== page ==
Science, Evolution 133
who sat behind the preacher as he denounced evolution. "Why don't
you get rid of Poteat?" was a question members of the Board had to
be ready to answer at any time. There can be no doubt that they were
getting weary of this constant annoyance, but on every occasion when
it was thought proper they voted approval of Poteat both as president
and as teacher. Possibly some hoped that the way being made easy,
Poteat would resign and thus free them from the annoyance. But
Poteat himself had another notion, and withheld his resignation.
Though he had purposed to resign at the close of the school year
1921-22, when he would already be sixty-five years old, he was
convinced that to resign in the face of the militant opposition would
be to yield the fight virtually and would ultimately be harmful to the
College and the cause of freedom to teach the truth. Accordingly, he
delayed offering his
One can think of other causes of his
remaining five years longer in the presidency. He was still in vigorous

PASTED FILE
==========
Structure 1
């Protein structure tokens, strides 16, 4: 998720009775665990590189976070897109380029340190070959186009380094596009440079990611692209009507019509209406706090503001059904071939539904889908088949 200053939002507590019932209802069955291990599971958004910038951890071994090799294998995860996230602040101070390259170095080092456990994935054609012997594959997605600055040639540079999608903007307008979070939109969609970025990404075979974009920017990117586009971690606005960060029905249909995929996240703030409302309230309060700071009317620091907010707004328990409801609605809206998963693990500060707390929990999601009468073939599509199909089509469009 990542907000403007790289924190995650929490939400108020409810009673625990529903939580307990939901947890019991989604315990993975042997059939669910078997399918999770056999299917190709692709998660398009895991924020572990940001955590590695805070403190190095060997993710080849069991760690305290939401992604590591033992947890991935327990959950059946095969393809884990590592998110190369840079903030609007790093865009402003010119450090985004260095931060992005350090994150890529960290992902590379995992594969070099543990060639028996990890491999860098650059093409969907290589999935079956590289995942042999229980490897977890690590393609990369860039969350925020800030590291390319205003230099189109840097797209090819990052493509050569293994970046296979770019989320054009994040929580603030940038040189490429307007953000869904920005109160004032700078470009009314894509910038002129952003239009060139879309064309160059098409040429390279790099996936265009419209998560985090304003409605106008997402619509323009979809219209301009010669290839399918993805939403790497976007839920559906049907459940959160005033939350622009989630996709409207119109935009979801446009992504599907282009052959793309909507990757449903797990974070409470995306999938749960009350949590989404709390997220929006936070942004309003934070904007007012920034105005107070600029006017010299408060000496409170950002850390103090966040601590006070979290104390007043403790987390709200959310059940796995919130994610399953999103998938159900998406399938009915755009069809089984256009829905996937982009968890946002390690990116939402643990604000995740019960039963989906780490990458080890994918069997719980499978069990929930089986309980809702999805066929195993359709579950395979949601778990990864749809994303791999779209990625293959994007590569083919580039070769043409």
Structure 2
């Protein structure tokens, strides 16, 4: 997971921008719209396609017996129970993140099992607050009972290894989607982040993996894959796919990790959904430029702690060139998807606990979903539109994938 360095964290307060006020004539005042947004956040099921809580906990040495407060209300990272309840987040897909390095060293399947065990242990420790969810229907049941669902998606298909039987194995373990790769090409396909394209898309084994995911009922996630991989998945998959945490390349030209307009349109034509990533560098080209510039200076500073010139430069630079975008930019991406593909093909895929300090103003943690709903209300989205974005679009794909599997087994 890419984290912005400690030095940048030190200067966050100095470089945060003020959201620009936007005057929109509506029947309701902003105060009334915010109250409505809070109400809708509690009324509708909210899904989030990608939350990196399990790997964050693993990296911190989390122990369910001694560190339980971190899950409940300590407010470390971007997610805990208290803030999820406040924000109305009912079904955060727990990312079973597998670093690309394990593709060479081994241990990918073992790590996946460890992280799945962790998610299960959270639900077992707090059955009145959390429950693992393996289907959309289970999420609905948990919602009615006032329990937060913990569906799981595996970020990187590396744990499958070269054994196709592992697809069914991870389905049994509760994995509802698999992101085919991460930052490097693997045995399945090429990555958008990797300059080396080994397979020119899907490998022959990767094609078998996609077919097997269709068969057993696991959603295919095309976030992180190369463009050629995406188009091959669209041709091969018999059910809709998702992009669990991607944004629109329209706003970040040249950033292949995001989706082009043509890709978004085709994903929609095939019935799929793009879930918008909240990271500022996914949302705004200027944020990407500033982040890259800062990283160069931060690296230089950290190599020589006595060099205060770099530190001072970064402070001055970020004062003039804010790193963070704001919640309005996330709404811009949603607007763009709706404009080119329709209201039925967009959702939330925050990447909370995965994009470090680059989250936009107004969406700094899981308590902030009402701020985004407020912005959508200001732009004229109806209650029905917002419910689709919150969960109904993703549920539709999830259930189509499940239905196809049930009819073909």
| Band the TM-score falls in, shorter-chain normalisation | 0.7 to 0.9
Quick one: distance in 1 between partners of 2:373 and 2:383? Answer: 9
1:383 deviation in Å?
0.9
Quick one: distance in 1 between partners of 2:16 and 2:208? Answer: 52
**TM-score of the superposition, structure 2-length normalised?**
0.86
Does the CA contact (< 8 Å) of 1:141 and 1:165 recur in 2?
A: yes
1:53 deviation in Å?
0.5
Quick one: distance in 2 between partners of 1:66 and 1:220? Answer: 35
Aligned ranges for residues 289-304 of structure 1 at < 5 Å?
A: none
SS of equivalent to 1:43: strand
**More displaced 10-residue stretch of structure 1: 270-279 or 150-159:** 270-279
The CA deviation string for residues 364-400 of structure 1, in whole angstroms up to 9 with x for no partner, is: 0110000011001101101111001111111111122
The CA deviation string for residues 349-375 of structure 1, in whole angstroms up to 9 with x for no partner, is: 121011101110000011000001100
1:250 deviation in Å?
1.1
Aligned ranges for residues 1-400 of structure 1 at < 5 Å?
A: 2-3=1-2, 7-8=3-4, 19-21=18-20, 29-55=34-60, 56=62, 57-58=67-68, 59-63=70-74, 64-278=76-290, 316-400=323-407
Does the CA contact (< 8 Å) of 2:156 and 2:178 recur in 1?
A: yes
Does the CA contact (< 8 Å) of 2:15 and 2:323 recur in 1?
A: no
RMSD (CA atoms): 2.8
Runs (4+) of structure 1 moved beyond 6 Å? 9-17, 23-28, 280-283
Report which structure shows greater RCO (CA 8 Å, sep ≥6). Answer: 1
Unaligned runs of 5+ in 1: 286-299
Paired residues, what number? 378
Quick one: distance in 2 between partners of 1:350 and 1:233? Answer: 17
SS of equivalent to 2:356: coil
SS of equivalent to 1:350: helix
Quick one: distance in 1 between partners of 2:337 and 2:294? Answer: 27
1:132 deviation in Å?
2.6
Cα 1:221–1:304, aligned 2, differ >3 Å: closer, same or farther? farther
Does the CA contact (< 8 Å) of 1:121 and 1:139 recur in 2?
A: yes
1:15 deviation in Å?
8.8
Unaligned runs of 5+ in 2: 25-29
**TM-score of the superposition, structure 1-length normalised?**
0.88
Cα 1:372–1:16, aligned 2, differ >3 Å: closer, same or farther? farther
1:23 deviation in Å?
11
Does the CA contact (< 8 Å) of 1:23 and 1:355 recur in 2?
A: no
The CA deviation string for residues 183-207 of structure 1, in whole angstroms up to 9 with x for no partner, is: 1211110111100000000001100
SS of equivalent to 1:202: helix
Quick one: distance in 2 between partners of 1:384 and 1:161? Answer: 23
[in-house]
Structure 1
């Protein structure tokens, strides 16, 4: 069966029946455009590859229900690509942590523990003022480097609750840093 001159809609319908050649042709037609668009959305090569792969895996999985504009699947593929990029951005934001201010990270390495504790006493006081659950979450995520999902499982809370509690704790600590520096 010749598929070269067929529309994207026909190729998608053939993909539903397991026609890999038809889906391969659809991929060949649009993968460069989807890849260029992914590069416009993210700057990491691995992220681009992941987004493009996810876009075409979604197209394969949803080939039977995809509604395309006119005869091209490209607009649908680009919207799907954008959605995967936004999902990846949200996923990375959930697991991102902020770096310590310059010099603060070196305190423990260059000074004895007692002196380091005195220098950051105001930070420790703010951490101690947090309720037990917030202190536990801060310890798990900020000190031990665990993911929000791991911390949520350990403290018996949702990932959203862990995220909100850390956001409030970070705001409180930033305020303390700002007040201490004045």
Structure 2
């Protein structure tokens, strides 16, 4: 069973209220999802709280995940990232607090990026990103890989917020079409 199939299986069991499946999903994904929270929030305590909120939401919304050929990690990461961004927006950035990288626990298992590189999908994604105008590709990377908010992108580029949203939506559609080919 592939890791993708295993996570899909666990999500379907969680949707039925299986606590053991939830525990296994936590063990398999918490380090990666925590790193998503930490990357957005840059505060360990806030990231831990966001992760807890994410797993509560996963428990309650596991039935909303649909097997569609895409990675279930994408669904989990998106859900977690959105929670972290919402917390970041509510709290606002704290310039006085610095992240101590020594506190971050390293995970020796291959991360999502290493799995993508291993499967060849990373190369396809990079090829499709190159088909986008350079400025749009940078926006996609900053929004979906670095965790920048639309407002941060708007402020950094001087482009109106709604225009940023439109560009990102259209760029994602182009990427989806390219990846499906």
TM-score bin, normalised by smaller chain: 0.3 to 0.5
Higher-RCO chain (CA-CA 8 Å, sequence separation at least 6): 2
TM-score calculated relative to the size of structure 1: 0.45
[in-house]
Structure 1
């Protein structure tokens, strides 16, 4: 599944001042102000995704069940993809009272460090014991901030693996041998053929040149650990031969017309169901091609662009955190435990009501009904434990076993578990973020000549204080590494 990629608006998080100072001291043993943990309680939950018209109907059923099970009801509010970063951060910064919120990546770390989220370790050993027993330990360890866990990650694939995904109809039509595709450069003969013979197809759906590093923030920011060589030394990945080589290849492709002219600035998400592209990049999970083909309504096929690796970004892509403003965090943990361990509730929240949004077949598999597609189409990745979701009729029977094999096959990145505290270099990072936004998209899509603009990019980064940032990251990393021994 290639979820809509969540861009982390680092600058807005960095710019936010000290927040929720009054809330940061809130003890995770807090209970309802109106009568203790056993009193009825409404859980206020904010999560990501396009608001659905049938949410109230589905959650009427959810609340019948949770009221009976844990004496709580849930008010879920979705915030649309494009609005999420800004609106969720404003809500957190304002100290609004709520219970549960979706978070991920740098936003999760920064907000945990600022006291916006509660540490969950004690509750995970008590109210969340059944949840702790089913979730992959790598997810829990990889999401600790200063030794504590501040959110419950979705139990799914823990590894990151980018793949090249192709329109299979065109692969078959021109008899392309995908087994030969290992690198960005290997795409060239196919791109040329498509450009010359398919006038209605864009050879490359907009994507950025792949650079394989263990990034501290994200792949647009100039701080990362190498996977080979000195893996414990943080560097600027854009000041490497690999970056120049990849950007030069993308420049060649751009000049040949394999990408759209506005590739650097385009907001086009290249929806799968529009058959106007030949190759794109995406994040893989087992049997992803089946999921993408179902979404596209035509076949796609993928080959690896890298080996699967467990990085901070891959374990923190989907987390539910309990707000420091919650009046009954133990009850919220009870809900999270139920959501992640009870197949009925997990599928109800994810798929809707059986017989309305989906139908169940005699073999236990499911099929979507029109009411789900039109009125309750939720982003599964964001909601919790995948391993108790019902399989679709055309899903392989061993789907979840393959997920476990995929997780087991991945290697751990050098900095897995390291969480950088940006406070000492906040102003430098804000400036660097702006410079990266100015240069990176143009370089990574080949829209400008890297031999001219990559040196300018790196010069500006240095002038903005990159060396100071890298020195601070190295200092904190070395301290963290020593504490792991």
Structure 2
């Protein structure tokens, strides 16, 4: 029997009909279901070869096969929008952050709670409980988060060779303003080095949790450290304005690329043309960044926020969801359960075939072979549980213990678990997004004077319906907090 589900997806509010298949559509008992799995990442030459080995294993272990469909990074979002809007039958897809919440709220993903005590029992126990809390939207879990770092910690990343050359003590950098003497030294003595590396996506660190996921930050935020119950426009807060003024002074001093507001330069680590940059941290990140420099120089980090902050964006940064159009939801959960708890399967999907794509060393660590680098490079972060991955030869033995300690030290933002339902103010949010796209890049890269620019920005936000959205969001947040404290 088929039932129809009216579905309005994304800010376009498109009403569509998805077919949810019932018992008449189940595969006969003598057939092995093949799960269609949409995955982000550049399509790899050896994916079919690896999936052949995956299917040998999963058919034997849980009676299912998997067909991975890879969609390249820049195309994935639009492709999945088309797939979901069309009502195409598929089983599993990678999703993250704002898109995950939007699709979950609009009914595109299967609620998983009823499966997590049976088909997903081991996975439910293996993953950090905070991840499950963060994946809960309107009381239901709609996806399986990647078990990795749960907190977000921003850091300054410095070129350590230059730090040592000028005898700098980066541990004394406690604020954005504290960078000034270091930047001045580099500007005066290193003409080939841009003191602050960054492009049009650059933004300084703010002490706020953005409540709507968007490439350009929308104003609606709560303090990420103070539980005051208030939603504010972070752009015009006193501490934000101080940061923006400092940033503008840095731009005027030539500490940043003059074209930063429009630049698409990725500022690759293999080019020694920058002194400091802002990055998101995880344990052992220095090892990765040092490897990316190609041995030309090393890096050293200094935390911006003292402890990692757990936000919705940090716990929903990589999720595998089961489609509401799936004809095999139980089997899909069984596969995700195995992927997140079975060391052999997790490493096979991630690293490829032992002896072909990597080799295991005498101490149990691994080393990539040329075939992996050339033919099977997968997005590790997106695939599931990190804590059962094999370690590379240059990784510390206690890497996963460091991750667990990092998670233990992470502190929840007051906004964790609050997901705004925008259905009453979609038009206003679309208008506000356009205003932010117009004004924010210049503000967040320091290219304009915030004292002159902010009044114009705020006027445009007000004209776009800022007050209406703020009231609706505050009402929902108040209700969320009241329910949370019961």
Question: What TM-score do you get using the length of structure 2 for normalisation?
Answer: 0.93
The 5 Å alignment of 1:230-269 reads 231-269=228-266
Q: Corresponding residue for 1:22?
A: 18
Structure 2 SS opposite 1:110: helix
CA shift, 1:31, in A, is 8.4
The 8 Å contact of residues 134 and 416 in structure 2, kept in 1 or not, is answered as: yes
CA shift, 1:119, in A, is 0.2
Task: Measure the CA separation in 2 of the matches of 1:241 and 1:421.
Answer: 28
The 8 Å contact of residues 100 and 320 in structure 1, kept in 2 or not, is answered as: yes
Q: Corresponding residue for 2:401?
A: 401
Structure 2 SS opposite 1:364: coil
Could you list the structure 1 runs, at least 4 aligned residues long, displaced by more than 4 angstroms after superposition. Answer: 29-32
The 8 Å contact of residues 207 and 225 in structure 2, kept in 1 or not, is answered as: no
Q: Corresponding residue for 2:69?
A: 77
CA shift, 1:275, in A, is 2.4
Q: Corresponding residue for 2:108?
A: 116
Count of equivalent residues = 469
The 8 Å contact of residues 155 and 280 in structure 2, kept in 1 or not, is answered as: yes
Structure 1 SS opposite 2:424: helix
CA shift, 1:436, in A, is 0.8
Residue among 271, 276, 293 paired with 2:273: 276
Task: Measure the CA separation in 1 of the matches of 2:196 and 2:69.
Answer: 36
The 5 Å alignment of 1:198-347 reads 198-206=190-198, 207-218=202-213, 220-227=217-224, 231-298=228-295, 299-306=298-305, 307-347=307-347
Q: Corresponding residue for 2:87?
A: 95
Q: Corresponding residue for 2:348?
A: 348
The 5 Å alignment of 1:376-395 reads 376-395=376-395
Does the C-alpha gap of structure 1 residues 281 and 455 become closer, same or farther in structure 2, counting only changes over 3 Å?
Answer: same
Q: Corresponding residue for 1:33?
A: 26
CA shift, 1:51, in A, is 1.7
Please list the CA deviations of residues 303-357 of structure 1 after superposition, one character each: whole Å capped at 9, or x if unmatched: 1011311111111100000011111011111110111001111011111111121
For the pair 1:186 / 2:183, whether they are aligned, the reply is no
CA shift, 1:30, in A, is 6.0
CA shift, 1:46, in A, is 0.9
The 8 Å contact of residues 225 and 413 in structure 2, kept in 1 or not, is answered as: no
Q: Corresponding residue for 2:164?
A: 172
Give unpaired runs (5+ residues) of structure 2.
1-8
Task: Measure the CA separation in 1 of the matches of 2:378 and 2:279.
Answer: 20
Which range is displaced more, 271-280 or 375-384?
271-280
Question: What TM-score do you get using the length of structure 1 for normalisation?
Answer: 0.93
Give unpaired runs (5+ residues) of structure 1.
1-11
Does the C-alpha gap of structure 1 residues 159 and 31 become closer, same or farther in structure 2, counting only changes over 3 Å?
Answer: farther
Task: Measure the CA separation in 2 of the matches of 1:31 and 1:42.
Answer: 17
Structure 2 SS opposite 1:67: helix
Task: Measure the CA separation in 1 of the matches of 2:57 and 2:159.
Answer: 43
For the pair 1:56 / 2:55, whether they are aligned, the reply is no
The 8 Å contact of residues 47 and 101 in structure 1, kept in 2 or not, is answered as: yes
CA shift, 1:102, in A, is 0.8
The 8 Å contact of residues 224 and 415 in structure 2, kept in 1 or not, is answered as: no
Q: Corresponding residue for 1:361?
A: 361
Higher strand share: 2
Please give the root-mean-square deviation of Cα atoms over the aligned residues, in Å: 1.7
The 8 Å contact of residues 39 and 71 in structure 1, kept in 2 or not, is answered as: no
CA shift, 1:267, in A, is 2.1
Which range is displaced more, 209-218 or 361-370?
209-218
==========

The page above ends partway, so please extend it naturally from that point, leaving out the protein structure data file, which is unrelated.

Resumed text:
health and in full possession of his mental powers; why should he
surrender the direction of the affairs of the College to possibly weaker
and untrained hands? Finally, however, when he had reached the age
of seventy, he offered his resignation to the Board of Trustees
meeting at Wilmington, November 16, 1926, to take effect at the
close of the college year in June, 1927. His letter of resignation reads:
To the Board of Trustees of Wake Forest College, in session at Wilmington
November 15, 1926.
Gentlemen: My seventieth birthday is scarcely four weeks behind me. In the sole
consideration of my age and no other, and in conformity with a long settled purpose,
I now request you to relieve me when the present session ends of the administrative
responsibility to which you called me on June 22, 1905.
Beginning with my admission to the College, a lad of only sixteen
years, my devotion to her remains unabated and my loyalty to her ideal
8 This unwillingness of Poteat to resign in the face of opposition is referred to by
Mims, op. cit., p. 307. Speaking of Poteat's address to an alumni meeting in
Charlotte in 1925, he says: "President Poteat refused to resign, and gave as his
reason before a body of enthusiastic alumni that he could not let his Alma Mater
surrender on so vital a principle."
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